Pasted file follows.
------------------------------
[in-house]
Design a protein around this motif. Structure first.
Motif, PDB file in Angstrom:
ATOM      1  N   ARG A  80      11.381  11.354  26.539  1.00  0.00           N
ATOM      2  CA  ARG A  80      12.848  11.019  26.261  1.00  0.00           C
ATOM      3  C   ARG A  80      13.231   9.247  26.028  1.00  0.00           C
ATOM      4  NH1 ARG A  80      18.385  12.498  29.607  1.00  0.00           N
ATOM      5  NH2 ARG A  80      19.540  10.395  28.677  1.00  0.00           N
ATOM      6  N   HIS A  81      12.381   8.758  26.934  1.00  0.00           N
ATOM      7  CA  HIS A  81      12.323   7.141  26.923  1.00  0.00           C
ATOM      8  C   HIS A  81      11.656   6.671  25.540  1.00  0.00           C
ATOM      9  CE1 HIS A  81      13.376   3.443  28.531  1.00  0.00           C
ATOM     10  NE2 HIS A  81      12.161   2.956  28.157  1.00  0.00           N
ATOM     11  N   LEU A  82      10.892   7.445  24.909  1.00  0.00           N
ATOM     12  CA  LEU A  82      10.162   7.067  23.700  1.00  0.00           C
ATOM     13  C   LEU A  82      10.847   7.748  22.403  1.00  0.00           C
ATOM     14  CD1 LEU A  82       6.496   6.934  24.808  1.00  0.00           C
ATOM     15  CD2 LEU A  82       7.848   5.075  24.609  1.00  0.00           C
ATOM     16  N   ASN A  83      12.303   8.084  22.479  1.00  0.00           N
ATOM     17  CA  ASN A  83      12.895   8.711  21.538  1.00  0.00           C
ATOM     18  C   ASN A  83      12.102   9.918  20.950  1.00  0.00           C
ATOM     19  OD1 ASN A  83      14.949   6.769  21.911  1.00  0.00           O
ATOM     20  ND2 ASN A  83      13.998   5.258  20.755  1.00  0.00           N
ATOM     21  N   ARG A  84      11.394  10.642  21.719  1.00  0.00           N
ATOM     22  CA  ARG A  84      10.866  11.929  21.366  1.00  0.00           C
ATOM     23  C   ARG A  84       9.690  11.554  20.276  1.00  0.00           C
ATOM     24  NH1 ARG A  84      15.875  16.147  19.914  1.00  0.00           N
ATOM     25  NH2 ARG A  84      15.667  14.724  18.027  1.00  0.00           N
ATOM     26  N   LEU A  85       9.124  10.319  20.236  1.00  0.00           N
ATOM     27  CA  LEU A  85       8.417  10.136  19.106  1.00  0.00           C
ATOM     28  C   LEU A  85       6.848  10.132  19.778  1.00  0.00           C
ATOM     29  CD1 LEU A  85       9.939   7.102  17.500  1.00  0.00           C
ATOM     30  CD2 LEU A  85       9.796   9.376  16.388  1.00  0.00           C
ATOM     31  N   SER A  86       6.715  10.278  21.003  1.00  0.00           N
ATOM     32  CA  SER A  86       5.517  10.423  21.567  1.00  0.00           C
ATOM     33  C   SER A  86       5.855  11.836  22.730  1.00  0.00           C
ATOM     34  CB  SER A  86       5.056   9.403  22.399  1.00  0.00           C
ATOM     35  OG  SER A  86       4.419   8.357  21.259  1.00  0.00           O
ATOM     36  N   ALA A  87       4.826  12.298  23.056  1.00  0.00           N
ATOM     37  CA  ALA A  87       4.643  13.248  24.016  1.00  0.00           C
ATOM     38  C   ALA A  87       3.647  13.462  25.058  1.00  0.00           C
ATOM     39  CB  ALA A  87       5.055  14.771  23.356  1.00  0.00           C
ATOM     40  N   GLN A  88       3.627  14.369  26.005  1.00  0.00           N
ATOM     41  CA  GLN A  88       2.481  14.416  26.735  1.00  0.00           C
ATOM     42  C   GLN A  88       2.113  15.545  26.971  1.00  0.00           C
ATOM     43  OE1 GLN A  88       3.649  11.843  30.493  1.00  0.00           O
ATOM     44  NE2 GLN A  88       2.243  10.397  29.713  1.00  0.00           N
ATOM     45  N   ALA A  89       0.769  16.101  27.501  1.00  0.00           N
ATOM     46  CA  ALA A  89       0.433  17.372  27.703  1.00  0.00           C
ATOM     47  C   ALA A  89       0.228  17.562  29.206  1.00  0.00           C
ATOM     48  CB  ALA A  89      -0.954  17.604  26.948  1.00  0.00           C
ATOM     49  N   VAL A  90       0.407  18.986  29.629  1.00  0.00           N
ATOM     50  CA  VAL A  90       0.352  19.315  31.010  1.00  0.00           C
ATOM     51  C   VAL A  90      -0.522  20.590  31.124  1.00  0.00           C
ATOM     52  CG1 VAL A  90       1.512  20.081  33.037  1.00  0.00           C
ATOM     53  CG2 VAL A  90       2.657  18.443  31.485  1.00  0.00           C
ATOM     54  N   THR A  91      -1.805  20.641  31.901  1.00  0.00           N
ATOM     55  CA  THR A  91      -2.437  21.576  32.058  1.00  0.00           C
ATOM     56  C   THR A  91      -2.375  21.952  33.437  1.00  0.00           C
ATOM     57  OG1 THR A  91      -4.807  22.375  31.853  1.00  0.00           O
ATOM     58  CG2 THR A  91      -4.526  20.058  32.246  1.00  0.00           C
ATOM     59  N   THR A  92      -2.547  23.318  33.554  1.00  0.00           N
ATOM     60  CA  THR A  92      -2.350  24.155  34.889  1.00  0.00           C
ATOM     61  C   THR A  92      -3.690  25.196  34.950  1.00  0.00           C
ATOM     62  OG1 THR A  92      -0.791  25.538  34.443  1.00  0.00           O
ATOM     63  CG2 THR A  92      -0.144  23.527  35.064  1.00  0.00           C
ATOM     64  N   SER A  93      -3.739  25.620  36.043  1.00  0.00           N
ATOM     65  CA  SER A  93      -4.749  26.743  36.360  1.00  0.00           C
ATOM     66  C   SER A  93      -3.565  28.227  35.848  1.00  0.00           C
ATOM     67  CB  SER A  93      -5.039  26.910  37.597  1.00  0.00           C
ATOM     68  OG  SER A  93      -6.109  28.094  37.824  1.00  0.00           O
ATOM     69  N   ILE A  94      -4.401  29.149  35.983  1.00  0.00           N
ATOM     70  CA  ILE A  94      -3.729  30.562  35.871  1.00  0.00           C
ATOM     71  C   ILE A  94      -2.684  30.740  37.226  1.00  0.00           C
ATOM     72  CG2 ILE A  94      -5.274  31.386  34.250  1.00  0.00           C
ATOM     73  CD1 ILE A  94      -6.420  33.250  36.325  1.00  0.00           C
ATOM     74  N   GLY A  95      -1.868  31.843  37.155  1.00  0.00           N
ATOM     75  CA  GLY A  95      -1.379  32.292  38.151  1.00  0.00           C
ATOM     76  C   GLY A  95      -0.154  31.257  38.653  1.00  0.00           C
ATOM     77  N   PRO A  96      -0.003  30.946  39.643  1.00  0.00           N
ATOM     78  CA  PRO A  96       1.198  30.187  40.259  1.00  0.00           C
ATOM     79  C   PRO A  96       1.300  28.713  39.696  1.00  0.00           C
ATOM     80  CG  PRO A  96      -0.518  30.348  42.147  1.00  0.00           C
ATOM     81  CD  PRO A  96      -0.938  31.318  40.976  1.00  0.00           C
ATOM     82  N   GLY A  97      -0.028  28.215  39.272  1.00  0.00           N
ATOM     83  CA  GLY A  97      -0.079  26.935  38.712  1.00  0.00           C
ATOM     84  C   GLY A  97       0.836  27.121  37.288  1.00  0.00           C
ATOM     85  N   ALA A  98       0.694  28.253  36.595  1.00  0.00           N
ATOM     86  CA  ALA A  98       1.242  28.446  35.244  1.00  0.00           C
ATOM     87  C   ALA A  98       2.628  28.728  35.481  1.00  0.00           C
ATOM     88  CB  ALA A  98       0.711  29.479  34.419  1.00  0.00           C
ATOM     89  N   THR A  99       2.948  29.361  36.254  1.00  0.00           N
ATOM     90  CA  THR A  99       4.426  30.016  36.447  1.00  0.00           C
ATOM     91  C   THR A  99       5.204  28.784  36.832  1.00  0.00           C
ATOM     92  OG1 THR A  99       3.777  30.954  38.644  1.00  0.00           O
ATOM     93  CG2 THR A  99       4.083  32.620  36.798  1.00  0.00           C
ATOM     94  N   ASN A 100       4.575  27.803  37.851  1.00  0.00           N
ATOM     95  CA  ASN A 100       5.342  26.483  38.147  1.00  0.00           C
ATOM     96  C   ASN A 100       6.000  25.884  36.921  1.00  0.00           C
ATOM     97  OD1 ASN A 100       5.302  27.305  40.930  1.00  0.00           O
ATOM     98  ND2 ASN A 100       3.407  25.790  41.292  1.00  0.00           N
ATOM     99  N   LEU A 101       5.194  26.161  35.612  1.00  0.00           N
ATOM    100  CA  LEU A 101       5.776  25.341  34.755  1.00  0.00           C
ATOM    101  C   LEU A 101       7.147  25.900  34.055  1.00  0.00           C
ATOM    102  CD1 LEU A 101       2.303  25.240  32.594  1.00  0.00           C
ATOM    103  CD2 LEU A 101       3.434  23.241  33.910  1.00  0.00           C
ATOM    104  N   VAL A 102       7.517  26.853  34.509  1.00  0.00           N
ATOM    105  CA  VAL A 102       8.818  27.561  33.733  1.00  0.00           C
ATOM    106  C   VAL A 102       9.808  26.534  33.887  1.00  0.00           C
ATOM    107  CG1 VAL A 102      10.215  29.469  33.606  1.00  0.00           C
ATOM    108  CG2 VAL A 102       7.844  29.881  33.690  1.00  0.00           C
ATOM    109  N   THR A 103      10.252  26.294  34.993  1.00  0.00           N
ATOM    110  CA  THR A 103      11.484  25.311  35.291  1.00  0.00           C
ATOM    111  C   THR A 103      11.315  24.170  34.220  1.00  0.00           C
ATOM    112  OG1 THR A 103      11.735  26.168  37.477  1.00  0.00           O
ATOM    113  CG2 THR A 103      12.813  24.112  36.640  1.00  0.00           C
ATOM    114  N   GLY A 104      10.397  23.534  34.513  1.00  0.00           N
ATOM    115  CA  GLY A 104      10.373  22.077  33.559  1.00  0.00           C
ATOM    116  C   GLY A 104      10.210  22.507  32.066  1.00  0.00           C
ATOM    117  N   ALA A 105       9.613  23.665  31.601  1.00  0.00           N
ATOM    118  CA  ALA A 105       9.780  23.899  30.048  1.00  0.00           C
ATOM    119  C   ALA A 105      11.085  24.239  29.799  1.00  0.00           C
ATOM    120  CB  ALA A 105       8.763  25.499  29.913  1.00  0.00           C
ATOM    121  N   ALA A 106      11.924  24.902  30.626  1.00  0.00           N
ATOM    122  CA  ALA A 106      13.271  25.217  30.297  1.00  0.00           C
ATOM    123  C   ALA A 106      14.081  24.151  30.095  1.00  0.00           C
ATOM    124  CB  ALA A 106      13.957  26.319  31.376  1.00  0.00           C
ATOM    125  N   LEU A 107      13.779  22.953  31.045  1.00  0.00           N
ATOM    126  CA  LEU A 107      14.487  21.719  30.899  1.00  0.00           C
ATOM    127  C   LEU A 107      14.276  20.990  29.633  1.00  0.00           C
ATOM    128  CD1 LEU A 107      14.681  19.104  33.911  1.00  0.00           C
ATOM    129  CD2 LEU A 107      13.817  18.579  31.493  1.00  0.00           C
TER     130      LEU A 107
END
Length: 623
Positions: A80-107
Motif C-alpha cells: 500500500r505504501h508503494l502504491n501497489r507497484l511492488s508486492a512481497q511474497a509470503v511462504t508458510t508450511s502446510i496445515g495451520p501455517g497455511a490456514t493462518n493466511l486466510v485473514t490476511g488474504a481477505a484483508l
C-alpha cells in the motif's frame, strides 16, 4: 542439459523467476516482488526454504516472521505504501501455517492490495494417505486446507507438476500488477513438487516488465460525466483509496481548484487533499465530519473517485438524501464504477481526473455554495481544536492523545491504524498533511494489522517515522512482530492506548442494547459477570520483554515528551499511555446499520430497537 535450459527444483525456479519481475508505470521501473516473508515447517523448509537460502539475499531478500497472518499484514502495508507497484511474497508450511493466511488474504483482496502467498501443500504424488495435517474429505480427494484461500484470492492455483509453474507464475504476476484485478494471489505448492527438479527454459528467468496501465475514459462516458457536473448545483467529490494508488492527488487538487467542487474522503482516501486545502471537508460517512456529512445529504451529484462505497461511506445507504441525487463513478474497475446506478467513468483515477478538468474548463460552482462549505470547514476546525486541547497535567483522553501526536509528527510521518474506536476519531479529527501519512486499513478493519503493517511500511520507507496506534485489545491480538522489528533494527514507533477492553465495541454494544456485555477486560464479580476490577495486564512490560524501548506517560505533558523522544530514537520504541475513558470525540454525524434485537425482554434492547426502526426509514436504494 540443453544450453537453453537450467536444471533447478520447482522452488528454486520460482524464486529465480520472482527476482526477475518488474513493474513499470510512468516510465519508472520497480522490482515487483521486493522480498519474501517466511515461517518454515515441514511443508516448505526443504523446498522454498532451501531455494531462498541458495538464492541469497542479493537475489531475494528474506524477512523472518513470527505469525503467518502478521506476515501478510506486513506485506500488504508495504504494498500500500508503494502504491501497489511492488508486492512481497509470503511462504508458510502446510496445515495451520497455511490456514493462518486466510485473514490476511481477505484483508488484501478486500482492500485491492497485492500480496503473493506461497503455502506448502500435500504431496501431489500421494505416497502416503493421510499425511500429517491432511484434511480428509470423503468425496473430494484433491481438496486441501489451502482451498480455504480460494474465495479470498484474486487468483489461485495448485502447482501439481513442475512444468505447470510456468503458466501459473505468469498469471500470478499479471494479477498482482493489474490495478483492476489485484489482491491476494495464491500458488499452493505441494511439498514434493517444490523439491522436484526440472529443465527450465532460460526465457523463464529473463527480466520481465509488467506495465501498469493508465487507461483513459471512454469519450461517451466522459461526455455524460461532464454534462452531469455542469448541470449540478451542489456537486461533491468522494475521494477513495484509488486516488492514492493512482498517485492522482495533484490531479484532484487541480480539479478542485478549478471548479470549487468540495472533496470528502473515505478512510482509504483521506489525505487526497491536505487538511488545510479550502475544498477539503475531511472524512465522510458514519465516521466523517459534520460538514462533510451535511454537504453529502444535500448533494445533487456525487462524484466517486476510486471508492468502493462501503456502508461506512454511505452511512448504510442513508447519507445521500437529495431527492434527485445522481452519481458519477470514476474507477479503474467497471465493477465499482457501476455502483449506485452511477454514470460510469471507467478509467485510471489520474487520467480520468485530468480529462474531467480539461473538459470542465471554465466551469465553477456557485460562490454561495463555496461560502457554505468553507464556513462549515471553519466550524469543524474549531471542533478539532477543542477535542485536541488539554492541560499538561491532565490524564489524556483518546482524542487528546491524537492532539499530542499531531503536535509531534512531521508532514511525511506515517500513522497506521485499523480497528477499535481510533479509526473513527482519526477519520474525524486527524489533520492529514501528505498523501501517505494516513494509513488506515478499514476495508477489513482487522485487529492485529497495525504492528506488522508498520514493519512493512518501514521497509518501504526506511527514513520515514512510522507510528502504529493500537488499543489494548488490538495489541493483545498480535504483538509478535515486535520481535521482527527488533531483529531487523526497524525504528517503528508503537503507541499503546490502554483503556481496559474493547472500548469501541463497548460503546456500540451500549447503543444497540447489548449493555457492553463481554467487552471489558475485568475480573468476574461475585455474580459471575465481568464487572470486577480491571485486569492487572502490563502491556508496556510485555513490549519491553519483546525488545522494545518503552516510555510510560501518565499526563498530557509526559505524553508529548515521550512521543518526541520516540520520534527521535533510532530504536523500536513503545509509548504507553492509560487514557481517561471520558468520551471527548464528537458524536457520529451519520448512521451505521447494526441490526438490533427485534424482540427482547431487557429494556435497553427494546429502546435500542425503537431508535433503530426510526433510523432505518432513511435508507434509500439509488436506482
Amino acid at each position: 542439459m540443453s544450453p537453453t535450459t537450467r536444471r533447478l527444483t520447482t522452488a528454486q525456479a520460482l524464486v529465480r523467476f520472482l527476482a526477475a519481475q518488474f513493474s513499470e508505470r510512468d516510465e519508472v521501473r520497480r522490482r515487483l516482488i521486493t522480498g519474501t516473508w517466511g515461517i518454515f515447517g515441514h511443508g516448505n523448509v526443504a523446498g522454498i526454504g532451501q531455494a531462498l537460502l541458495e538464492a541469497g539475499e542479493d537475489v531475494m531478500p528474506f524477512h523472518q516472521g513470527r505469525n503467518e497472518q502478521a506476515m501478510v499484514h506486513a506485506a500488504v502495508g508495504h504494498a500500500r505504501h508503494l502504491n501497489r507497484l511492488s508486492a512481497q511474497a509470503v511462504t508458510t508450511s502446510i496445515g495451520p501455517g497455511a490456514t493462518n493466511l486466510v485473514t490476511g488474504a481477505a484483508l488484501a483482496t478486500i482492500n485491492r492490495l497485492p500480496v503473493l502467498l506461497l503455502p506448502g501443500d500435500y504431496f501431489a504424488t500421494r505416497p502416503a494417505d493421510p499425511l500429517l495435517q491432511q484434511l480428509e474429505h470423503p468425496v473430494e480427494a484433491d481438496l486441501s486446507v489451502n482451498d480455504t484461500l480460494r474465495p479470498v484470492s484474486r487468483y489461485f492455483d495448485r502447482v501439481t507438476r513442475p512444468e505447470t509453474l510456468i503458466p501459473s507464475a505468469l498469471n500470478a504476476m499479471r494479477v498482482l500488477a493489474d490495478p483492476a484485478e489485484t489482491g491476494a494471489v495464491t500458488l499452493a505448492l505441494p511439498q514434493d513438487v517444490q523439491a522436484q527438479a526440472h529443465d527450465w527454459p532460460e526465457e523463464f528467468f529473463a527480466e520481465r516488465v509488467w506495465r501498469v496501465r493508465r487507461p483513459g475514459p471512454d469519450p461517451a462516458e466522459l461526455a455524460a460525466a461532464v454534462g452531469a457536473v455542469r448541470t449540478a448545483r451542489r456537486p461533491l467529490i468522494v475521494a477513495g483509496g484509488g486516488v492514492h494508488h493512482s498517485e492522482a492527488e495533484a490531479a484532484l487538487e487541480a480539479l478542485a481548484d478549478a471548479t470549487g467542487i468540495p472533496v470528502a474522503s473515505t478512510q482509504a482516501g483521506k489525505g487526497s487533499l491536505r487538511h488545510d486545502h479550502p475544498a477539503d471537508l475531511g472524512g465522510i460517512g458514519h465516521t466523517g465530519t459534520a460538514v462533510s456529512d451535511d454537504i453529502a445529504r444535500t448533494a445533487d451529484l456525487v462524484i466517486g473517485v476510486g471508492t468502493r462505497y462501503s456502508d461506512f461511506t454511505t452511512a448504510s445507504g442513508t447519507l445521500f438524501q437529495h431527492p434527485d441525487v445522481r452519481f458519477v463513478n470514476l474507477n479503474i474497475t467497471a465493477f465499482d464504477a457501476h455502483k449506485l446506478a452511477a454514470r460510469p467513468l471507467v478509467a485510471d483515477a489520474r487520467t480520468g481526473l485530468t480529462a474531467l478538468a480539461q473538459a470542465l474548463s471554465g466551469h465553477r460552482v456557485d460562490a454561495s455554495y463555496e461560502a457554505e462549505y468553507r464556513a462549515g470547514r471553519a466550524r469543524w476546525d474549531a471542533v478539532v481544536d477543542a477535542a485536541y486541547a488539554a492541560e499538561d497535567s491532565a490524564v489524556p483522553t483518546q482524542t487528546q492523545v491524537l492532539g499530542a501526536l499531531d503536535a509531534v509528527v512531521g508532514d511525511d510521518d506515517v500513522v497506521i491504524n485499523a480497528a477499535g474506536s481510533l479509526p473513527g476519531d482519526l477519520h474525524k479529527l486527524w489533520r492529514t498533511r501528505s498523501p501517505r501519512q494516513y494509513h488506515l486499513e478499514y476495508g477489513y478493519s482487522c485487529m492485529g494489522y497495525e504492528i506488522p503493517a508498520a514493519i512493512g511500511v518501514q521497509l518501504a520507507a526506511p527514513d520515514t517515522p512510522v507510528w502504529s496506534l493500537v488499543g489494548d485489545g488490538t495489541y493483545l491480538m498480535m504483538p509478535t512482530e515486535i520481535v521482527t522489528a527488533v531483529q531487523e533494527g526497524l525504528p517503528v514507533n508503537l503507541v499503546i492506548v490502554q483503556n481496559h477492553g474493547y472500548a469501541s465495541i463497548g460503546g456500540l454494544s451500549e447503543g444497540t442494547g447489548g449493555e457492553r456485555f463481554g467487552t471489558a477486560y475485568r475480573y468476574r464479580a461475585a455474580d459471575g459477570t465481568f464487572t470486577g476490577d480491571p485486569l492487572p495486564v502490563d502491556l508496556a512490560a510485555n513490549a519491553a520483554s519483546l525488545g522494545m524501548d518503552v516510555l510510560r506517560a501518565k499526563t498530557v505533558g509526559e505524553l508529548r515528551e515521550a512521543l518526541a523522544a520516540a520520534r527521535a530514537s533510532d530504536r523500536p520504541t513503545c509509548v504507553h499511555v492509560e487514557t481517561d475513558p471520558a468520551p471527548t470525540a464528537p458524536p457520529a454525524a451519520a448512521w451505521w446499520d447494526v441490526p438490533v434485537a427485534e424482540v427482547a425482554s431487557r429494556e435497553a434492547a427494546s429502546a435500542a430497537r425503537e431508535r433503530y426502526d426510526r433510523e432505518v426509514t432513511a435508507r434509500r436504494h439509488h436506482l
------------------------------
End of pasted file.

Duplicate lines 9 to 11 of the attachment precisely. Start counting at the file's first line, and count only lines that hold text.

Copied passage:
ATOM      6  N   HIS A  81      12.381   8.758  26.934  1.00  0.00           N
ATOM      7  CA  HIS A  81      12.323   7.141  26.923  1.00  0.00           C
ATOM      8  C   HIS A  81      11.656   6.671  25.540  1.00  0.00           C